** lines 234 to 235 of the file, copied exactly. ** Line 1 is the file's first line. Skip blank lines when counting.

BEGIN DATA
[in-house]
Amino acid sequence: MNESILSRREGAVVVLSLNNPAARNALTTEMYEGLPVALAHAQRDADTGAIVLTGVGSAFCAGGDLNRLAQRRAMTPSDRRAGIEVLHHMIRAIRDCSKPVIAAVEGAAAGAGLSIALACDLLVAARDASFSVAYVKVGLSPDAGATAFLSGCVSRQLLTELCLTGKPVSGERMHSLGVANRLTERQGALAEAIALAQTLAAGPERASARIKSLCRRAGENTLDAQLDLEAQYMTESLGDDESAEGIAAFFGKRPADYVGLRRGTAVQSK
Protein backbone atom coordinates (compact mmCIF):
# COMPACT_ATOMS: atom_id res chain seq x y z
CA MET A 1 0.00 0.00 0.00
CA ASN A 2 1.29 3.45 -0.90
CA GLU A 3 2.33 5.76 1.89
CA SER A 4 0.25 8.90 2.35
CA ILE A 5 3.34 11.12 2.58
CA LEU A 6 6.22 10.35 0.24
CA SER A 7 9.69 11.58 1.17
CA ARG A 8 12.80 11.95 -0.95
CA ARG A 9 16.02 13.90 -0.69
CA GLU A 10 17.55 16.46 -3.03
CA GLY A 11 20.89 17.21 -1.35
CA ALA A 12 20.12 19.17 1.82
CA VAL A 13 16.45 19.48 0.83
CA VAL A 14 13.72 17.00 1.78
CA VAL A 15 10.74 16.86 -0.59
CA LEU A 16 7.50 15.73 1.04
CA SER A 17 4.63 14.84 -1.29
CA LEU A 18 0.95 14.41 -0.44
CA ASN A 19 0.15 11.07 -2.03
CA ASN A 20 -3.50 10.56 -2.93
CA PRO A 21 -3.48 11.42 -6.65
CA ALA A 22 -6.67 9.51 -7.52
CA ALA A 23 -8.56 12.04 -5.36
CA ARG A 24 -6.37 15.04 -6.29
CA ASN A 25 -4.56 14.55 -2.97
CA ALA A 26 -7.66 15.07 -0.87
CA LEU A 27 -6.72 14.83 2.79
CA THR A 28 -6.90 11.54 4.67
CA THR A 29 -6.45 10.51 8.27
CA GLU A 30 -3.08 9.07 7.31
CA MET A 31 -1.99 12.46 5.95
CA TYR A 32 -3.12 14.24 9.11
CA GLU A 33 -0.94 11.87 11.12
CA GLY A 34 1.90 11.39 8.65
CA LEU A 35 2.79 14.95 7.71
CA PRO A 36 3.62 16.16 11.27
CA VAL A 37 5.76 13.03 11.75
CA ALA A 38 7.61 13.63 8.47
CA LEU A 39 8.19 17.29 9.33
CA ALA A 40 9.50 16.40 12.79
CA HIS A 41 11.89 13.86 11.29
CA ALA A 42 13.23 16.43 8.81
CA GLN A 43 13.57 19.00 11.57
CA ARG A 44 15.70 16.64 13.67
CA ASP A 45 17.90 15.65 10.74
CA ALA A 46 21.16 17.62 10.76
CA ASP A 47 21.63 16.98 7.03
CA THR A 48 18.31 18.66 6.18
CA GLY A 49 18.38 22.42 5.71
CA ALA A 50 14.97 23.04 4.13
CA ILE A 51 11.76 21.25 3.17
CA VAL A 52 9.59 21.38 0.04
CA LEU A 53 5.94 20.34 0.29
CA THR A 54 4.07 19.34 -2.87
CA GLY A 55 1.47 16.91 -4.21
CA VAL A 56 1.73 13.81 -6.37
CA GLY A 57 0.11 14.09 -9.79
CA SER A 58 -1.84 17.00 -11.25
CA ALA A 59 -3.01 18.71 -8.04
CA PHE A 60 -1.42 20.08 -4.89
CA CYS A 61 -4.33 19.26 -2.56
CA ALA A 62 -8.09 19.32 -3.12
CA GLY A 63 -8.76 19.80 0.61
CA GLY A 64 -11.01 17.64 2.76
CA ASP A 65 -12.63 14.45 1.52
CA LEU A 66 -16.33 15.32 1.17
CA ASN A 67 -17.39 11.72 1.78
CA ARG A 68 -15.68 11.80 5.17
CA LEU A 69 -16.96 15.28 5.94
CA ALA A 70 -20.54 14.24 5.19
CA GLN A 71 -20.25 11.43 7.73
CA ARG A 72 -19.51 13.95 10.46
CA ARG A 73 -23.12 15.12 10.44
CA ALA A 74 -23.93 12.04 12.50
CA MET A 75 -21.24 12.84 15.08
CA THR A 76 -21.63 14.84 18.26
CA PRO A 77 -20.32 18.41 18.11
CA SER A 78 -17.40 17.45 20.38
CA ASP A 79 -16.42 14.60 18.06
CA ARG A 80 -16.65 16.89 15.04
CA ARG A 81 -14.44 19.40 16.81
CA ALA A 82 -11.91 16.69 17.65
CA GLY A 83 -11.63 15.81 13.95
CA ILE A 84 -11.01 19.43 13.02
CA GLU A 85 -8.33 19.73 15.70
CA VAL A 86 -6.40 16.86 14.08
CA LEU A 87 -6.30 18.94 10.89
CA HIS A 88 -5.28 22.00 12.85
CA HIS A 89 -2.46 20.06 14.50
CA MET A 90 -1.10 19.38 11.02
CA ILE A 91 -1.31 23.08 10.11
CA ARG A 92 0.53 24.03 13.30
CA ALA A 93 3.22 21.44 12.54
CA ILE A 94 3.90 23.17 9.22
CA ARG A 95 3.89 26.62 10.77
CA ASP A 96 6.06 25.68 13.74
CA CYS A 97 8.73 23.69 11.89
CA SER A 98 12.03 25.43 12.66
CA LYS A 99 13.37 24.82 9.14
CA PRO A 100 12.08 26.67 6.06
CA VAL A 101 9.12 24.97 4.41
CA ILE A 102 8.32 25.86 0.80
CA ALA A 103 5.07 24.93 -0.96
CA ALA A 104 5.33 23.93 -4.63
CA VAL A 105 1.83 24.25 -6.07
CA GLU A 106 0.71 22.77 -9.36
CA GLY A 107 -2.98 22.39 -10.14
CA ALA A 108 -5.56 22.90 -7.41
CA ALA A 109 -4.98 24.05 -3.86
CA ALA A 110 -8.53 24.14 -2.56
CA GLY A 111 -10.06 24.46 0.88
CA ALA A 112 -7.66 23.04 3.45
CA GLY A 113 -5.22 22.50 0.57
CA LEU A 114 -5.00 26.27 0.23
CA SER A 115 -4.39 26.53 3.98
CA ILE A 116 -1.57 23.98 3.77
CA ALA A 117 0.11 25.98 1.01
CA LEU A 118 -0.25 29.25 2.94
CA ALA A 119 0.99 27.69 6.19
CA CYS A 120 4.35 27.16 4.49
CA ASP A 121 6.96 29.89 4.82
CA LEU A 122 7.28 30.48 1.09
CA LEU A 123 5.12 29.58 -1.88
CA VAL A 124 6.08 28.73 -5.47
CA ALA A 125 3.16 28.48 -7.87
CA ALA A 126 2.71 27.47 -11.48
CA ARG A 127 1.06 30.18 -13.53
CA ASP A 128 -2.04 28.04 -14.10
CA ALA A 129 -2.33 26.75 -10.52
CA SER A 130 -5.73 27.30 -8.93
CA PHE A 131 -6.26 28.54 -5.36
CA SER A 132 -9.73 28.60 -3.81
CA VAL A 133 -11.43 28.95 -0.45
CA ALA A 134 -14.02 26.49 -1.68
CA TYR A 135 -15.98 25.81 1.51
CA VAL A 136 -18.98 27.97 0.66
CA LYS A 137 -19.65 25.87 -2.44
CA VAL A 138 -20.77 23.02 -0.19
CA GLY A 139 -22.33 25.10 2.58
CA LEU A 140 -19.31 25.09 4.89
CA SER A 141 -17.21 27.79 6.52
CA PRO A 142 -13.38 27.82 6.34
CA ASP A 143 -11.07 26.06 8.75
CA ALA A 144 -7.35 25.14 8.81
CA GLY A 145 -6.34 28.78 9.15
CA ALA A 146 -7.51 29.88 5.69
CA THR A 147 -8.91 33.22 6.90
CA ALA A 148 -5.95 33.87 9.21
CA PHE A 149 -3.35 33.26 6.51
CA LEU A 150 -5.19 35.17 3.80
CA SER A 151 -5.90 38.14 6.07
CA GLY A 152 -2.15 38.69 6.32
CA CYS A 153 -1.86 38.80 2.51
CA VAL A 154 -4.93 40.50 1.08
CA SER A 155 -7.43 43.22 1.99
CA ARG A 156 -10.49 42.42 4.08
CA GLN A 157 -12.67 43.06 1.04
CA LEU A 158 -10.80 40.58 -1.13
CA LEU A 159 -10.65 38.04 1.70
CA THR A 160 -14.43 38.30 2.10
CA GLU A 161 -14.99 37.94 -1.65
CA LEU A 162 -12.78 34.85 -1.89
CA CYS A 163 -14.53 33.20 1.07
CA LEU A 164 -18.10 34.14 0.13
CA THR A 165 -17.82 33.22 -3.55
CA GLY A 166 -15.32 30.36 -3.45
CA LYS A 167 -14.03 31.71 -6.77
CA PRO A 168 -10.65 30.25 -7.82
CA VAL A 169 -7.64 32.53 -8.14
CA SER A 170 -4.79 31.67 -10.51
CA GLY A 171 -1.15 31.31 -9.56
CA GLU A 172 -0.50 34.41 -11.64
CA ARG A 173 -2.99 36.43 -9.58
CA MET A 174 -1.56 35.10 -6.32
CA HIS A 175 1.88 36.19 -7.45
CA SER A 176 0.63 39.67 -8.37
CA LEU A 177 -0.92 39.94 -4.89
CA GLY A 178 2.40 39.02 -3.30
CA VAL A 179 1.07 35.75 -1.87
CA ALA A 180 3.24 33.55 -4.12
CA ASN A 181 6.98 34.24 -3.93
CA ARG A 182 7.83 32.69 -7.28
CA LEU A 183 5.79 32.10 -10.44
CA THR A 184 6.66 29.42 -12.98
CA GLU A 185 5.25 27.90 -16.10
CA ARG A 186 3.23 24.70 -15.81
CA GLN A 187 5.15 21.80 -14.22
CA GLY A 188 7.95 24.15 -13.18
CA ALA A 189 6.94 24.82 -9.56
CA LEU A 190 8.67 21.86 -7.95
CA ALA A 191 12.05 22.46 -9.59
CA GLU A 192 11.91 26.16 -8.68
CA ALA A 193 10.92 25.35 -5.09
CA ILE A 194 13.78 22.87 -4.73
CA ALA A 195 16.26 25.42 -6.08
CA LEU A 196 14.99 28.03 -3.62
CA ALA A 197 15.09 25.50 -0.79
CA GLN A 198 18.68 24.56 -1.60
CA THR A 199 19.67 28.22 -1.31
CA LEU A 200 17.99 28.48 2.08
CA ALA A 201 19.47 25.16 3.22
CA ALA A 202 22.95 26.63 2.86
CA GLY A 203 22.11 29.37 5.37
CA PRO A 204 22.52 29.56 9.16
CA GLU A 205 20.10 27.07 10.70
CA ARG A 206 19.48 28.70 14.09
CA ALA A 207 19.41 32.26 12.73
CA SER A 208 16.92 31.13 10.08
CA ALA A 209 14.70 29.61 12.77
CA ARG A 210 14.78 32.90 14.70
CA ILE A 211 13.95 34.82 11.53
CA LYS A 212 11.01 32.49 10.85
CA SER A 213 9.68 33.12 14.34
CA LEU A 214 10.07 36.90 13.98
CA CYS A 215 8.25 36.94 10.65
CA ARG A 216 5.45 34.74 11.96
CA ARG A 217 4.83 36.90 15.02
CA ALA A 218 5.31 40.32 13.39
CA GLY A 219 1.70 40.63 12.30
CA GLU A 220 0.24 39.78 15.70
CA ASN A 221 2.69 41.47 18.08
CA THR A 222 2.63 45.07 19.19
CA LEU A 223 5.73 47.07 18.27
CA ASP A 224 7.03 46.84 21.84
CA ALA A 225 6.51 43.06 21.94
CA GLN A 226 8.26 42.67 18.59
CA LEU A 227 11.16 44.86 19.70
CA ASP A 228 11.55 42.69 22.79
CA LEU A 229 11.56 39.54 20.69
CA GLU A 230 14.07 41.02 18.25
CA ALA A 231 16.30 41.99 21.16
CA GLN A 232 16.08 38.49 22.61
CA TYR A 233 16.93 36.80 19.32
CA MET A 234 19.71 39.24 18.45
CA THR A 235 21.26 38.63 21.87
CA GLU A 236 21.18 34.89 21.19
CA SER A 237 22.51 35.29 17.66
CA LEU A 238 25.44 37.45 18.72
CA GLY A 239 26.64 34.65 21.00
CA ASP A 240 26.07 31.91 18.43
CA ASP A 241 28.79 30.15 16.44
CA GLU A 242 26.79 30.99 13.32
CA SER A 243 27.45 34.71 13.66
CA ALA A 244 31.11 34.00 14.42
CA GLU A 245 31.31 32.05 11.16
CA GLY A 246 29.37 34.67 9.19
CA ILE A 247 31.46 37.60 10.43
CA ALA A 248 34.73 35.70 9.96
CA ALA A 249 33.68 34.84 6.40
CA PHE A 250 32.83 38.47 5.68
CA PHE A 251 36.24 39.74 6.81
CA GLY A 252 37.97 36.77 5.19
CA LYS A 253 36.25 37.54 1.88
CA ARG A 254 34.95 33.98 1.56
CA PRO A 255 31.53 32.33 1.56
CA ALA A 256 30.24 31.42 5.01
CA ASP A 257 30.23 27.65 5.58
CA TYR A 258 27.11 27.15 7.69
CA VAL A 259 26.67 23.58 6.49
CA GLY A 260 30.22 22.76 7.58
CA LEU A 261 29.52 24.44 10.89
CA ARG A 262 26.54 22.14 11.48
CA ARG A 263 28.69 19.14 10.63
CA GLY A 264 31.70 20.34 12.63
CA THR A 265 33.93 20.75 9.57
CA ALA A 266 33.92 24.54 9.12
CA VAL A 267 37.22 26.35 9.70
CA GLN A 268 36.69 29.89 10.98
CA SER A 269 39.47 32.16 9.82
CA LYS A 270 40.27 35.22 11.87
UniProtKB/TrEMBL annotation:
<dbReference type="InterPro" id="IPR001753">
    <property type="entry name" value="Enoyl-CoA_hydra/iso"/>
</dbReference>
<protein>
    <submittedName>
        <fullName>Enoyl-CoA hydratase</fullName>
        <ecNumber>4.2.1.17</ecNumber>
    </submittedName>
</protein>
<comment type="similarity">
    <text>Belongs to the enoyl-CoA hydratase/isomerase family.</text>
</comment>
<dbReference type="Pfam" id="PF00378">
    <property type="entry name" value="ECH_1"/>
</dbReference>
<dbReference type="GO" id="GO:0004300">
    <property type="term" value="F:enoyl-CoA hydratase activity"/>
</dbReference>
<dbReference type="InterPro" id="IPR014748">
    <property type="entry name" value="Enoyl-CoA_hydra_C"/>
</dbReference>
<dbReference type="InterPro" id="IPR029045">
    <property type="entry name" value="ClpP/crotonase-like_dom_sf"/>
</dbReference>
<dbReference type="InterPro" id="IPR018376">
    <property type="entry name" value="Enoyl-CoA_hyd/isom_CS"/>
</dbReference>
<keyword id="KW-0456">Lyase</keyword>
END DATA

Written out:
CA GLU A 230 14.07 41.02 18.25
CA ALA A 231 16.30 41.99 21.16